Sunday, February 9, 2014
Two surprising risk factors - diminished lung function and low serum potassium levels - appear to have nearly the same impact as obesity in explaining why African-Americans are disproportionately prone to developing type 2 diabetes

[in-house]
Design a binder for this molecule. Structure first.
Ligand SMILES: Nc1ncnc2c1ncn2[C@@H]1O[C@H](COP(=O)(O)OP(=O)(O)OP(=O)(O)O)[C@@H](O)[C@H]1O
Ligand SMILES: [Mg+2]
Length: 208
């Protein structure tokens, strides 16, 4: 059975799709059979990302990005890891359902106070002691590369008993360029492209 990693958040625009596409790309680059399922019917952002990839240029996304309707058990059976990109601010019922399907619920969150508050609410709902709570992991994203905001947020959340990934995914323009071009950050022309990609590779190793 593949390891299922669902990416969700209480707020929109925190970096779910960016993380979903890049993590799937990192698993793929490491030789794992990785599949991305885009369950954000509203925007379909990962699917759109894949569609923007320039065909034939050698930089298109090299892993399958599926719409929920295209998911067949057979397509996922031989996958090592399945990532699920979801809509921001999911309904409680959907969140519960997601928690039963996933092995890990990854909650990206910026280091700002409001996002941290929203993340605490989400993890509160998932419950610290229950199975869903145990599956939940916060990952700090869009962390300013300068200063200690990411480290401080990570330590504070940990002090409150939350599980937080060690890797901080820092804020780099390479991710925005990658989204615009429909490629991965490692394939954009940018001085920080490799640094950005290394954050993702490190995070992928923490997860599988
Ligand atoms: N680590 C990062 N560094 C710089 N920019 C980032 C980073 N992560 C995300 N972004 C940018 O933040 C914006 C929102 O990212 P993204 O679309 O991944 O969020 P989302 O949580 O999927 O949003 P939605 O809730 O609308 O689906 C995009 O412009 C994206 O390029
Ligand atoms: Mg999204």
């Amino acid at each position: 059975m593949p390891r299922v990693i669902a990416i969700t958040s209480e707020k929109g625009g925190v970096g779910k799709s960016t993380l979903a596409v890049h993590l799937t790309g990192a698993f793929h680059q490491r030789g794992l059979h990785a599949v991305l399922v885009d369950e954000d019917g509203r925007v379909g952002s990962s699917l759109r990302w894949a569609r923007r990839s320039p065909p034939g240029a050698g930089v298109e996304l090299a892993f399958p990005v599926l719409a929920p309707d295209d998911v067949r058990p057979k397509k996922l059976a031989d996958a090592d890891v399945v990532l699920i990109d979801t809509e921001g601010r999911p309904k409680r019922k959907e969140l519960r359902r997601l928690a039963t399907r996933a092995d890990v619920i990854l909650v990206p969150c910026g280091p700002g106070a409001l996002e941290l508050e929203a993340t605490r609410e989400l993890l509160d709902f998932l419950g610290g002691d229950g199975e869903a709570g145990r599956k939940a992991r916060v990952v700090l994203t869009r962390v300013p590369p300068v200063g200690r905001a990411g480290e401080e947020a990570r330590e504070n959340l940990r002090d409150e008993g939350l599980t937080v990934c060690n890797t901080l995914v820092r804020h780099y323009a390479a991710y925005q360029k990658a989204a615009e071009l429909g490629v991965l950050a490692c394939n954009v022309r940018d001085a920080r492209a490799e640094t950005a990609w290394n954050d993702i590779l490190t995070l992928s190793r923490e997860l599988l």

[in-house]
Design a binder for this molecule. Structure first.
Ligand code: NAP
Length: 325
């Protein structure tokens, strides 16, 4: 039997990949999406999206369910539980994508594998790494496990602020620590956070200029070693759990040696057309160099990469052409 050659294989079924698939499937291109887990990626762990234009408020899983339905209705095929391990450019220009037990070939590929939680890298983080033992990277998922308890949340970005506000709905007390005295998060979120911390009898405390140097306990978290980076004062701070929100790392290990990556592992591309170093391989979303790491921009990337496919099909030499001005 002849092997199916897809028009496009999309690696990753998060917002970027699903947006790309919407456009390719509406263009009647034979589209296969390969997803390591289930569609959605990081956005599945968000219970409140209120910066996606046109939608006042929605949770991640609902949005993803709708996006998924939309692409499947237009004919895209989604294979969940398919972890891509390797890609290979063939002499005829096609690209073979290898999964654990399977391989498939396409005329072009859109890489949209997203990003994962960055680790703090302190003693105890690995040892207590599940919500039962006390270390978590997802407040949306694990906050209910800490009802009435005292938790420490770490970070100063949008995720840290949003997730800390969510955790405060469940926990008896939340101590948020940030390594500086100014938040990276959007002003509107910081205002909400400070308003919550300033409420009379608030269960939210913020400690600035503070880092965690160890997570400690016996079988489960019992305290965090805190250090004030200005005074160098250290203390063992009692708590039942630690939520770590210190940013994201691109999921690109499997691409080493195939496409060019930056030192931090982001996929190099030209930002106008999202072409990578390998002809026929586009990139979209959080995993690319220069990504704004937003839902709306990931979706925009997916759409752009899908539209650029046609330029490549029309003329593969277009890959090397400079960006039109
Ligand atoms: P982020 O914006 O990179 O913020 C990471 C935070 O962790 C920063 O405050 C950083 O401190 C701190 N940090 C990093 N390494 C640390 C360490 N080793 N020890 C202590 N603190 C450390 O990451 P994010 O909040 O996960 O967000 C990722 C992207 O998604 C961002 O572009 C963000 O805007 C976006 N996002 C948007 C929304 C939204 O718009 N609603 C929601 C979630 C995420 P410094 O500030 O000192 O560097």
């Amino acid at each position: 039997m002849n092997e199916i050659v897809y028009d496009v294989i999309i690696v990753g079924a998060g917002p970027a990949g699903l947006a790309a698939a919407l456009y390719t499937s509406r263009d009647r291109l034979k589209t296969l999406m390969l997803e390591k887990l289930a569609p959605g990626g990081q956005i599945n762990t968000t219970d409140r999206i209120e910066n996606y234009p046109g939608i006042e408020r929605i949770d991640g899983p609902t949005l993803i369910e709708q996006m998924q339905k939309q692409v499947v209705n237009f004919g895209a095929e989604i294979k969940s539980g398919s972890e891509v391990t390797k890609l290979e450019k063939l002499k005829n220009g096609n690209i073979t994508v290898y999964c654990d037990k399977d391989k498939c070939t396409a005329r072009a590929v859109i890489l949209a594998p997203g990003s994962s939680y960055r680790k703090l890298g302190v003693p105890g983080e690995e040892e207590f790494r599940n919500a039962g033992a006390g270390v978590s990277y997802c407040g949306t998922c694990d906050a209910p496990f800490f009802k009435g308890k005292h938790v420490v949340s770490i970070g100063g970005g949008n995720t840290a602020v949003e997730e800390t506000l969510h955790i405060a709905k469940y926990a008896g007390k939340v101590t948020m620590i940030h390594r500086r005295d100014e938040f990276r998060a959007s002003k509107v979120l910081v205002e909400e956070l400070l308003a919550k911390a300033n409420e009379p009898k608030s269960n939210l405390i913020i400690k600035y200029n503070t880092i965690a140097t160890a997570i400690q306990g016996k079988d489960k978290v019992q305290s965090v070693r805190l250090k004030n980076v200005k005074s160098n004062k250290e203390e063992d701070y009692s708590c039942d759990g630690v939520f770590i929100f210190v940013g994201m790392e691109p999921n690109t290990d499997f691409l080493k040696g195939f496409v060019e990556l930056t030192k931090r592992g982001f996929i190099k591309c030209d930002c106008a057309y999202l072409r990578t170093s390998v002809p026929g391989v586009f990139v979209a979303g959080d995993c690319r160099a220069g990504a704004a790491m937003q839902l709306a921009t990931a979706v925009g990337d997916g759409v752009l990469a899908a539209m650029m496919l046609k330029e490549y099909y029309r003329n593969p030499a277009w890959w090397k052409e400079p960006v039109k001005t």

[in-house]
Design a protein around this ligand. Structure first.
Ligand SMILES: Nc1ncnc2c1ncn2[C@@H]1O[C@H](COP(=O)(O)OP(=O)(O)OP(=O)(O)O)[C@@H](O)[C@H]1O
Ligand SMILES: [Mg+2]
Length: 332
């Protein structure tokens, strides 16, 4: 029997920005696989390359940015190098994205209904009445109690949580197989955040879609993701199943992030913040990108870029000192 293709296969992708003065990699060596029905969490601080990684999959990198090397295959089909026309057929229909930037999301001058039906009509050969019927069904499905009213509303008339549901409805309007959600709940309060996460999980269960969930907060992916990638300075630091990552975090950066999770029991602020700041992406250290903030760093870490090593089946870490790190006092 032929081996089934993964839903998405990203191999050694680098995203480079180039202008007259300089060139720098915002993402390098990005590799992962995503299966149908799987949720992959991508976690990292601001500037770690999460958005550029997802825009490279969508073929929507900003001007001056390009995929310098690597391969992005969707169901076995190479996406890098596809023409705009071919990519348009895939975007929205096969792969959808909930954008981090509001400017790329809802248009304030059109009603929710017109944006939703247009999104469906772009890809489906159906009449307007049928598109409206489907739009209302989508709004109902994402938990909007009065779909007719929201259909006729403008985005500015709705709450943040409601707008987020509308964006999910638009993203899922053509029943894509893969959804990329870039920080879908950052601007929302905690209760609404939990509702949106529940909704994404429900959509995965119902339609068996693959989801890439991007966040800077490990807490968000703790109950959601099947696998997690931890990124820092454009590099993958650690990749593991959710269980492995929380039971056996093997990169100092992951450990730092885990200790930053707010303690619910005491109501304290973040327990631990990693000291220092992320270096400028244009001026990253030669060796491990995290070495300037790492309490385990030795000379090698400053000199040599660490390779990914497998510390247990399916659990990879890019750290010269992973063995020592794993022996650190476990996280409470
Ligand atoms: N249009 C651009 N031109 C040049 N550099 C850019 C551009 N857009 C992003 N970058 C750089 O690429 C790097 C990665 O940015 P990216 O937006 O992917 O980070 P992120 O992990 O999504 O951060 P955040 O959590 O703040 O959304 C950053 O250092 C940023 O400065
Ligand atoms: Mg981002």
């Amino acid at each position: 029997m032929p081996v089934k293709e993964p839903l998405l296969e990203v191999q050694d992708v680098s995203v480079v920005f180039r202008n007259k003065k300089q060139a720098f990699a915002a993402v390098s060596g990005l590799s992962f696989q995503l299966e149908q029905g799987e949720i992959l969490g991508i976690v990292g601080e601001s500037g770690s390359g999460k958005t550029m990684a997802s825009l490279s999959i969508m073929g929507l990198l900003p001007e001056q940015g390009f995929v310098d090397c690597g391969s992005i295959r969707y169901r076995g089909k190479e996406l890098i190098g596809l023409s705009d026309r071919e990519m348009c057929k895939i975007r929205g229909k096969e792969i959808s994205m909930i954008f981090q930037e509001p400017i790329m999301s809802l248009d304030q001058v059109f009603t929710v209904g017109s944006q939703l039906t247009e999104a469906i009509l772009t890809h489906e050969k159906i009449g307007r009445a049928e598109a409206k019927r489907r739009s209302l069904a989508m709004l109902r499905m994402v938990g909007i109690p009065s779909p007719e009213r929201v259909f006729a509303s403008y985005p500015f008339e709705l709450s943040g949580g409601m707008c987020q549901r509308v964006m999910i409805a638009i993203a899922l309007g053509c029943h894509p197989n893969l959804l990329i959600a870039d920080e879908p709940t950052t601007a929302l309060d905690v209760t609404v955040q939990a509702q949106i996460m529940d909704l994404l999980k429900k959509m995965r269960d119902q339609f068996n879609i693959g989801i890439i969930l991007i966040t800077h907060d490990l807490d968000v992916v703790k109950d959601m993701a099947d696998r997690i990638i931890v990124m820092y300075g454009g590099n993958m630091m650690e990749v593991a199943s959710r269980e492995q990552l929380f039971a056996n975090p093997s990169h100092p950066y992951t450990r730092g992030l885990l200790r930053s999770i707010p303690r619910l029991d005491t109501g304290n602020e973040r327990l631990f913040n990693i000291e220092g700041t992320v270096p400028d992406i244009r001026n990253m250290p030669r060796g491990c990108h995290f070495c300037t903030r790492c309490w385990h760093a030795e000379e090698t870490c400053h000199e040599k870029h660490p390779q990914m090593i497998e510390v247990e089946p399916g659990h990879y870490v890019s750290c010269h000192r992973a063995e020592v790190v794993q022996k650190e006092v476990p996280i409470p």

The finding clarifies some of the large racial disparities associated with diabetes risk and provides potential new avenues for developing treatments. According to estimates from the National Health and Nutrition Exam Survey (NHANES), the prevalence of diabetes is 70% higher among African-Americans than non-Hispanic whites. Traditional risk factors such as obesity, socio-economic status, diet and behavioral factors account for some of the racial disparities, but not all. Researchers analyzed data from nearly 11,200 people with type 2 diabetes, including 8,840 whites and 2,322 African-Americans. Among the African-Americans, many well-known distinctions emerged: there were more women; they were heavier; they had higher blood pressure; and they were more likely to have lower incomes. Those and other known risk factors accounted for about 42% of the increased tendency for type 2 diabetes among African-Americans. Other, less well-known factors also surfaced, notably low lung function and lower serum potassium levels among the African-Americans who developed diabetes. Compared to obesity, which accounts for a 22% increased risk of developing diabetes, low lung function (measured as forced vital capacity) was nearly equally culpable, accounting for a 21.7% increased risk among the African-American diabetes patients. Low serum potassium levels accounted for 17.7% of the increased risk. It is unclear what role reduced lung function and low potassium levels might play in type 2 diabetes; whether they are markers, causes or consequences of the disease needs additional study. Both factors are typically different among African-Americans and whites.